June 26th, 2013 12:55 PM by Scott Sakata
Real estate agent donates bed for every house he sells
By Michael Tsai - POSTED: 01:30 a.m. HST, Jun 25, 2013 – Honolulu Star-Advertiser
When Scott Sakata climbs into bed each night, he lays head to pillow with the peace of knowing his efforts have allowed less fortunate people do the same.
A successful Realtor, Sakata exercises his lifelong commitment to community service by donating a bed to the Weinberg Village Waimanalo transitional housing facility every time he makes a sale.
"It's just my way of giving something back," Sakata says matter-of-factly.
Sakata, 50, grew up in Kaneohe and attended Castle High School. After graduating from the University of Hawaii at Manoa with a degree in marketing, he decided that he would enhance his career opportunities by studying Japanese.
Never one to do things halfheartedly, Sakata moved to Japan to immerse himself in the language and culture. He earned money for his formal Japanese lessons by teaching English. "It was one of the best things I ever did," he says.
Sakata returned to Hawaii three years later. His language skills did indeed lead to worthy job prospects in the visitor industry, but Sakata found the corporate experience unfulfilling. After stints at a hotel and a visitor retail establishment, he set his sights on a career in real estate.
"I believe in homeownership," he says. "I enjoy working with young couples who are buying their first home. I like helping people invest in their futures. It gives me a lot of satisfaction to help people move forward in their lives."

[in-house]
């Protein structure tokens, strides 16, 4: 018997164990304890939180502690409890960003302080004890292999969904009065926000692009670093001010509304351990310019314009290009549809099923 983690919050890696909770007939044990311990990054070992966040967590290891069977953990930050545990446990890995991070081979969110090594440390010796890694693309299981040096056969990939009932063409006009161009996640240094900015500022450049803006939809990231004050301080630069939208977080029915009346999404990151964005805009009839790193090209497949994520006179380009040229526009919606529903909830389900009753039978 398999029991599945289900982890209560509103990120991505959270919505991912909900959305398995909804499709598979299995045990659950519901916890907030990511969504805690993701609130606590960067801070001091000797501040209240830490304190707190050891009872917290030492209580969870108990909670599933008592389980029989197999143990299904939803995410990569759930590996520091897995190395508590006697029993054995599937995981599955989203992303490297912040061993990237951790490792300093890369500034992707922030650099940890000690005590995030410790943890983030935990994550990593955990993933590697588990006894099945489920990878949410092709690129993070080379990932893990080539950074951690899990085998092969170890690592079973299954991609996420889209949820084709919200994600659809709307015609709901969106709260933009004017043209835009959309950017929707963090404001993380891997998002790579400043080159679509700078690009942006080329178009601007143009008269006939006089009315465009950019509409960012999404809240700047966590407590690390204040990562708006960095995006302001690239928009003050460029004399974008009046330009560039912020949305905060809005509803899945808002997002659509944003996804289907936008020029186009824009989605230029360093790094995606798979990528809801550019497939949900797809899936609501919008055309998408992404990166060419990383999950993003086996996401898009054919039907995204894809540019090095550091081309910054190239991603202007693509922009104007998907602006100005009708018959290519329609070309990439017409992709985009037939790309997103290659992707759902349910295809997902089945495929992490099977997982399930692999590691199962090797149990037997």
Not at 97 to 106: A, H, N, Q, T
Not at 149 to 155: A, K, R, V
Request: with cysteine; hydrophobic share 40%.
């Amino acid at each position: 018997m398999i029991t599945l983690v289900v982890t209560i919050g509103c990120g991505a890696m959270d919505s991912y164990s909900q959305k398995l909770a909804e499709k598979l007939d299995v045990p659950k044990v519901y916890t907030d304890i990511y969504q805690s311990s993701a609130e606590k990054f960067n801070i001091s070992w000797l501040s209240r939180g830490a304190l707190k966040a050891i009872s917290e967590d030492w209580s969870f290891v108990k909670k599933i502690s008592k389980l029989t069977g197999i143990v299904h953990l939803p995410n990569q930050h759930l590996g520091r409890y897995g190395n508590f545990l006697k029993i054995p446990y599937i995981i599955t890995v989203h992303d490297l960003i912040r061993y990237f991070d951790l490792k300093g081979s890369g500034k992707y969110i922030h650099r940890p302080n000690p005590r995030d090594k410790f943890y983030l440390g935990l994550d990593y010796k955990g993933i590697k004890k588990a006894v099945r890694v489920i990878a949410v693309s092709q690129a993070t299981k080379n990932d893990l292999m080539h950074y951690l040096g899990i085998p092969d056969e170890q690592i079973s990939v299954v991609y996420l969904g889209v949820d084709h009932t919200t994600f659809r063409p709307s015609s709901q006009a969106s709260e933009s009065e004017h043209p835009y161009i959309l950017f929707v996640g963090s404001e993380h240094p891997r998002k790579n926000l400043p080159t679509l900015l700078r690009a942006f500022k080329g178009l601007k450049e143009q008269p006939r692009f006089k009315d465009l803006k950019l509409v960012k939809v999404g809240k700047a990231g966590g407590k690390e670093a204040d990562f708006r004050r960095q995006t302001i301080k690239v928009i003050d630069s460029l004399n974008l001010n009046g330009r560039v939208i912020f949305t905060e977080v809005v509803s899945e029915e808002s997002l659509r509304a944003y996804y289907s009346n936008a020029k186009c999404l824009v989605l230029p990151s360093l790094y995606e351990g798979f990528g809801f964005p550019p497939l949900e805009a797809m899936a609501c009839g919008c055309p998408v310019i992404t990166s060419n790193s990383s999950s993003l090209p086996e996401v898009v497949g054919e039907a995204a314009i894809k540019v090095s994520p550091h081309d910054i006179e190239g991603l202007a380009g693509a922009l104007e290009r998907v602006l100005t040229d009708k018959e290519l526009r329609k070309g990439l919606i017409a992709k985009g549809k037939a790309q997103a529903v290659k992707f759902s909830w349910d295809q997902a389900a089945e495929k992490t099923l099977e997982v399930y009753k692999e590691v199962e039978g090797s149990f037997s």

The same motivation spurred Sakata to begin his "Beds for the Children" program. www.BedsForTheChildren.com
Sakata researched several charitable organizations and was impressed by the work of Holomua Na Ohana, the organization that operates Weinberg Village Waimanalo and another transitional housing project, Onemalu, in Kalaeloa.
The Waimanalo facility provides housing for up to two years for families trying to get out of homelessness. Clients, most of whom work or go to school, pay a nominal fee to establish the habit of budgeting for rent. They receive counseling and education in budgeting, debt reduction, health and nutrition, and other areas that promote long-term self-sufficiency.
Most of the families that come to the facility arrive with few, if any, possessions. Many sleep on the floor.
For Sakata a gift of a bed is especially meaningful. A bed offers comfort, rest and renewal. It implies stability and permanence. It speaks of home.
People who learn of Sakata's donations are often inspired to join in. Sakata gently encourages them to look elsewhere. "There is so much need in this community," he says, "and there are tons of shelters and charities that need help."